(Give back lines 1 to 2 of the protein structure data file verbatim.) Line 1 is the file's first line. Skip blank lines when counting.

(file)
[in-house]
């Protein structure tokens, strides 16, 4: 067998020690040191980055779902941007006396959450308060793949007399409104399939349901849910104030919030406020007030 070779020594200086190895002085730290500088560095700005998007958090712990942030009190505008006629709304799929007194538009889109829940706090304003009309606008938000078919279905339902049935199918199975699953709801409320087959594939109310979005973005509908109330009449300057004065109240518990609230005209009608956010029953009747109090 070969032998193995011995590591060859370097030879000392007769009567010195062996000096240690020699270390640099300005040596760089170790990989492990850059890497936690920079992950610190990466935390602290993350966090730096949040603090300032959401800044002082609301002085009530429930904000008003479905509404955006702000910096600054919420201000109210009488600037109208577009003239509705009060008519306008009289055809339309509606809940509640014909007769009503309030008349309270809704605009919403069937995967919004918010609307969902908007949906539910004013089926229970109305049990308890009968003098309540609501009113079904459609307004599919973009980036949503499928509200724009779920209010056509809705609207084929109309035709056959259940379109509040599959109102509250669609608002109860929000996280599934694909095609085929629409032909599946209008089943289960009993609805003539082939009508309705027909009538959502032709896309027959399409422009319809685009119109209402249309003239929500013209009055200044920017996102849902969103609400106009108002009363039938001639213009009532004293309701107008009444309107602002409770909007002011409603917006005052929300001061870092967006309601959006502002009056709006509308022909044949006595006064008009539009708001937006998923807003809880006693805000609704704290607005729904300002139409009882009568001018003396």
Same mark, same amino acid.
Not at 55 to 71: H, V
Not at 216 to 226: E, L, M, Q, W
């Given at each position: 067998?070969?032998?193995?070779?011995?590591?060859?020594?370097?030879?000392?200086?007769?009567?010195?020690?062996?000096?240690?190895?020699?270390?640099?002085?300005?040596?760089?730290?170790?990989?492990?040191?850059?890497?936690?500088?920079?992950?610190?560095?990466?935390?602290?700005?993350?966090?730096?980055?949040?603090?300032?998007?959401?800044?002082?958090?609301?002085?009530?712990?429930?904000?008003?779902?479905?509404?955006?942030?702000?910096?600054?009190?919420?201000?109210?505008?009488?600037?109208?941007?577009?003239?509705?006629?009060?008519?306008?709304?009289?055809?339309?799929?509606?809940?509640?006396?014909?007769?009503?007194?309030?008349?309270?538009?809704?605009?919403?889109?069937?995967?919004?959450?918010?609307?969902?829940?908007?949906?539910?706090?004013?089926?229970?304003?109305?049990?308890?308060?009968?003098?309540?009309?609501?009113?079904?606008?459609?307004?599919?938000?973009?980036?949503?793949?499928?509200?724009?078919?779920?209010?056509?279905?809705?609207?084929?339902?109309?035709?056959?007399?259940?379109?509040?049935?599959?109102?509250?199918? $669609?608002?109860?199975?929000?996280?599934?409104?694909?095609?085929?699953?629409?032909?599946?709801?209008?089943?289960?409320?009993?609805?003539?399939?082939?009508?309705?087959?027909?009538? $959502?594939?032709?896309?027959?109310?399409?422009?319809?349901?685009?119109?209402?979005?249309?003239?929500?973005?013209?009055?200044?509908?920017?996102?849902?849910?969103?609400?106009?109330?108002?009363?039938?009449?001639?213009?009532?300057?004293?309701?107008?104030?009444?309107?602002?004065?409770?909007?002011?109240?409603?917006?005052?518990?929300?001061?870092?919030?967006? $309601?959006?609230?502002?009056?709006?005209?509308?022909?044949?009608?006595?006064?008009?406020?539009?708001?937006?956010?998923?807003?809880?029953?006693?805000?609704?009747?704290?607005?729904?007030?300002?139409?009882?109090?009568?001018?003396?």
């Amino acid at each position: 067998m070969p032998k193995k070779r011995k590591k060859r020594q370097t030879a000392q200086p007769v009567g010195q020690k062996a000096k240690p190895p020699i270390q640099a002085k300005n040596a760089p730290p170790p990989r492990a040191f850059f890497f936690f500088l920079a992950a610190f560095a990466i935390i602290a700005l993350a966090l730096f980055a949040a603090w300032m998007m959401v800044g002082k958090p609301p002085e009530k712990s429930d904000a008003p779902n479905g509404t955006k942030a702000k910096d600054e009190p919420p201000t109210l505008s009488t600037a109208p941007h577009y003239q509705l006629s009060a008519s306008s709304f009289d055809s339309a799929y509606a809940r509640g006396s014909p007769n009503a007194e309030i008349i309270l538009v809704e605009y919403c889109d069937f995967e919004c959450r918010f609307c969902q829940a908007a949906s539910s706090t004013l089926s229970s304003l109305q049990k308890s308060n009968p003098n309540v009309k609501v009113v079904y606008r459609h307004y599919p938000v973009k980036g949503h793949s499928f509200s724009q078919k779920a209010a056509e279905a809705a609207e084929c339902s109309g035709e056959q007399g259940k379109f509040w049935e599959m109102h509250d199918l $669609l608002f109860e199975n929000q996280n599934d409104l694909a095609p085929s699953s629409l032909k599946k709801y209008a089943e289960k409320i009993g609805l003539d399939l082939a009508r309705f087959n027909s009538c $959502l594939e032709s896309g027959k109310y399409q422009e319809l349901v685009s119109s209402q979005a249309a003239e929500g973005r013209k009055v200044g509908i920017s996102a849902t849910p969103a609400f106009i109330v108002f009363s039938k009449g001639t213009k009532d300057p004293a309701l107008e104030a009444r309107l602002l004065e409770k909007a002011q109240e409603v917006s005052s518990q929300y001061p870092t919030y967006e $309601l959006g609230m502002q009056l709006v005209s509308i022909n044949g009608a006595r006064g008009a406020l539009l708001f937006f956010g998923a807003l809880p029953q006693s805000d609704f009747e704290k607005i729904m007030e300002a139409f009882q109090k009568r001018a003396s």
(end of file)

[in-house]
């Protein structure tokens, strides 16, 4: 067998020690040191980055779902941007006396959450308060793949007399409104399939349901849910104030919030406020007030 070779020594200086190895002085730290500088560095700005998007958090712990942030009190505008006629709304799929007194538009889109829940706090304003009309606008938000078919279905339902049935199918199975699953709801409320087959594939109310979005973005509908109330009449300057004065109240518990609230005209009608956010029953009747109090 070969032998193995011995590591060859370097030879000392007769009567010195062996000096240690020699270390640099300005040596760089170790990989492990850059890497936690920079992950610190990466935390602290993350966090730096949040603090300032959401800044002082609301002085009530429930904000008003479905509404955006702000910096600054919420201000109210009488600037109208577009003239509705009060008519306008009289055809339309509606809940509640014909007769009503309030008349309270809704605009919403069937995967919004918010609307969902908007949906539910004013089926229970109305049990308890009968003098309540609501009113079904459609307004599919973009980036949503499928509200724009779920209010056509809705609207084929109309035709056959259940379109509040599959109102509250669609608002109860929000996280599934694909095609085929629409032909599946209008089943289960009993609805003539082939009508309705027909009538959502032709896309027959399409422009319809685009119109209402249309003239929500013209009055200044920017996102849902969103609400106009108002009363039938001639213009009532004293309701107008009444309107602002409770909007002011409603917006005052929300001061870092967006309601959006502002009056709006509308022909044949006595006064008009539009708001937006998923807003809880006693805000609704704290607005729904300002139409009882009568001018003396």